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-- by Jim Forbes
Notebooks like the AcerNote Nuovo 971 are the shape of things to come in full-function portable computing. You'll find a lot to like in the Nuovo, particularly if you need to deliver multimedia presentations or regularly connect to the Internet or other communications services.
Introduced last year, the Nuovo 971 comes with a 133MHz Pentium processor and an 11.8-inch active-matrix or 11.3-inch dual-scan passive-matrix color screen; I tested an active-matrix unit. It also features 16MB of RAM (expandable to 64MB), a 1.3GB hard disk, state-of-the-art video backed by 1.2MB of video RAM, a 28.8Kbps DSVD (digital simultaneous voice and data) modem, two PC Card slots (stacked vertically) and lithium ion batteries.
The Nuovo uses a NeoMagic video controller, which produces some of the fastest notebook benchmarks we've recorded running Wintune. Its NeoMagic controller and active-matrix display combination results in sharp images with great color.
Acer is looking ahead to the days when notebooks become portable teleconferencing workstations. This machine also builds in a microphone and good internal speakers.
The Nuovo's design incorporates ergonomic enhancements; the keyboard is a vast improvement over previous models. Keys have about a 3-millimeter throw, with very good resistance, and you can tilt the whole keyboard 0.4 inches or so when you open the unit. If you don't like the tilt, you can disable it with a sliding switch in the back of the unit.
The Nuovo's Synaptics touchpad, which has an integrated palm rest, controls the cursor. You can change the sensitivity of the cursor easily. Many notebooks' keyboard/mouse combinations become tiring or even painful with extended use, but I didn't have such problems with the AcerNote Nuovo.
The Nuovo surprised me with its long battery life, which in my tests averaged 5.1 hours with minimal power conservation and 5.6 hours with slightly more stringent settings. That's due partly to the use of lithium ion power cells and partly to its good design.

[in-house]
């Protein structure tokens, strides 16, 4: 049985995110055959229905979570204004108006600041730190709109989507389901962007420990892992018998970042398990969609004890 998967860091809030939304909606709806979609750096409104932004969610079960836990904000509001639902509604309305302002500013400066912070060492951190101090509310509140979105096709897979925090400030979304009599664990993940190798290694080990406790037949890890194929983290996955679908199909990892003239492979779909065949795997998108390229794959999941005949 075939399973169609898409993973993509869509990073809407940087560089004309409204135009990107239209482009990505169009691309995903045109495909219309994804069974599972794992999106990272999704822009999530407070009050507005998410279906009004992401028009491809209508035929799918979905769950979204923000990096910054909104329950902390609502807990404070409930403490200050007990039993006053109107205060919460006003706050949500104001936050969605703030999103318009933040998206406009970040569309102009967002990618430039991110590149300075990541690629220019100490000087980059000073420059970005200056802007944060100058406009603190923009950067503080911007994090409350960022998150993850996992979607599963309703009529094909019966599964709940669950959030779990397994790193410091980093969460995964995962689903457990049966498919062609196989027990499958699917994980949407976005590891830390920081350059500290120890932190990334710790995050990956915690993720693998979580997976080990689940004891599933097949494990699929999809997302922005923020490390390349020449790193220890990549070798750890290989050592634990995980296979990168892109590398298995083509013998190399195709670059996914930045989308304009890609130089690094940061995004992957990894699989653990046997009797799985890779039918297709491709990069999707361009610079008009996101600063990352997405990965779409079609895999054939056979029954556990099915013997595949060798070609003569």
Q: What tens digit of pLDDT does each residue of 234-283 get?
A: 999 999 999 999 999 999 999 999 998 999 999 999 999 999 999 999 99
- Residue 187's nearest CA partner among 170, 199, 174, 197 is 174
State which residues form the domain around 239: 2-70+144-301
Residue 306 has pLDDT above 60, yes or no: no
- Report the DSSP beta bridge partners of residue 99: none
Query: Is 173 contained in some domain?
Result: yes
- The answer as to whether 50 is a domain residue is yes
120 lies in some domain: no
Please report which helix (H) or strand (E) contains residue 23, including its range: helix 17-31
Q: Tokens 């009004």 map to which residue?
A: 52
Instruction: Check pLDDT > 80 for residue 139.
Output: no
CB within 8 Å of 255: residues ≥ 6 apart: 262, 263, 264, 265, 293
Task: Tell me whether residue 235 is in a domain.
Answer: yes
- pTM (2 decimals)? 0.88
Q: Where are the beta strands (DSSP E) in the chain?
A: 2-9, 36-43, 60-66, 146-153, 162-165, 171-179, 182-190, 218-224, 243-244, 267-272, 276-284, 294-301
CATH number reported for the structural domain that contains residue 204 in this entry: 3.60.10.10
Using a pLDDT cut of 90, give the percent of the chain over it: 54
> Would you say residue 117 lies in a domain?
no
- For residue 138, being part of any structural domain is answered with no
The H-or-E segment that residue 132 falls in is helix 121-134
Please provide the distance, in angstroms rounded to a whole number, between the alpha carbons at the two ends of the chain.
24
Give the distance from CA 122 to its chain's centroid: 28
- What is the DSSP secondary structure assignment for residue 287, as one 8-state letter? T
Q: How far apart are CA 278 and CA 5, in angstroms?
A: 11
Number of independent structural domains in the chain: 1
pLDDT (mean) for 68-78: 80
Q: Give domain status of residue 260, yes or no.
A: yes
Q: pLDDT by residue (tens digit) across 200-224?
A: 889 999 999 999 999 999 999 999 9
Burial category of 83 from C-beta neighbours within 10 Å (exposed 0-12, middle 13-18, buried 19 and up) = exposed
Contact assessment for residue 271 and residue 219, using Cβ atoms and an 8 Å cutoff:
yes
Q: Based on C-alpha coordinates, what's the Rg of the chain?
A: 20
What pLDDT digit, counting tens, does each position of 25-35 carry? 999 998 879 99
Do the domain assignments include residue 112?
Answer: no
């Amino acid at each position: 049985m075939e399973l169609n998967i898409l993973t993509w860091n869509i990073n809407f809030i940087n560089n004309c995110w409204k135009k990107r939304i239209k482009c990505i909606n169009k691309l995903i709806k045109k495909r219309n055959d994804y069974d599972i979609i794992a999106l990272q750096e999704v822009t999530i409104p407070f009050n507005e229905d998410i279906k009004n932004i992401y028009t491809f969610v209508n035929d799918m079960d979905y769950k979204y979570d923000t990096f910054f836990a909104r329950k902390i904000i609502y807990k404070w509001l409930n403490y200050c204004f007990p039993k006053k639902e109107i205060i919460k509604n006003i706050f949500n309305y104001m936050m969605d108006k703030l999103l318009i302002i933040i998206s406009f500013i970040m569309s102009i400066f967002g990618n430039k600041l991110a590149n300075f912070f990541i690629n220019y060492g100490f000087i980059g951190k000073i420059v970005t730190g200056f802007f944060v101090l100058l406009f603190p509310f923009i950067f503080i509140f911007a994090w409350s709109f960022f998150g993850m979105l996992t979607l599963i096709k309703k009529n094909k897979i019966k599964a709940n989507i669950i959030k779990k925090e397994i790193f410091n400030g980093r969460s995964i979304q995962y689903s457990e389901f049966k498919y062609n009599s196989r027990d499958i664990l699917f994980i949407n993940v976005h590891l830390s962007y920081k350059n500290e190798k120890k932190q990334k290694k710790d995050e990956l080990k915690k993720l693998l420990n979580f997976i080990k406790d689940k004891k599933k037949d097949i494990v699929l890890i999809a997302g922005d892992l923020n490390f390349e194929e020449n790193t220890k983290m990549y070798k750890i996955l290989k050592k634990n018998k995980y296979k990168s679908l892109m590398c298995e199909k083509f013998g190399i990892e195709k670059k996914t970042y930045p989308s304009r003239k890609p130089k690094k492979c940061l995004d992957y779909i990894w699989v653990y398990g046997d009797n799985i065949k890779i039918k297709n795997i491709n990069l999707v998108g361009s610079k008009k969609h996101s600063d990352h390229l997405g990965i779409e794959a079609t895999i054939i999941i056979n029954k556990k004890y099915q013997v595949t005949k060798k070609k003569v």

Like a handful of other new notebooks, the Nuovo ships standard with a 6X CD-ROM drive, a 28.8/14.4Kbps fax/voice modem and an infrared port. It has a great audio subsystem with an FM synthesis chip.
Acer has managed to satisfy me in almost every spec except size. The Nuovo is big. The notebook is also heavy, even for one so powerful. It measures 2.2 by 12.2 by 9.4 inches and weighs around 8 pounds with the CD-ROM drive. Those are real drawbacks, although the exceptional battery life and solid performance may compensate for them.
The Nuovo's performance truly deserves the word "solid." Its processor clocked 247MIPS on our Wintune benchmarks, on par with any high-end Pentium 133 notebook. Its video and 1.3GB hard drive turned in above-average scores: The video throughput was 9.63Mpixels per second, and the uncached disk throughput was 1.76MB per second. The Nuovo really shone in our applications benchmark suite, where it completed our Excel test in an average of 15 seconds, and our Word macro in 17.33 seconds.
These test results, coupled with the 970cx/971's feature set and relatively low price of $3,999, almost put the Nuovo on the WINDOWS Magazine Recommended List, but not quite. It simply weighs too much. Nevertheless, you might consider this as a desktop replacement system, as it is an excellent small- or home-office combination.
Copyright © 1997 CMP Media Inc.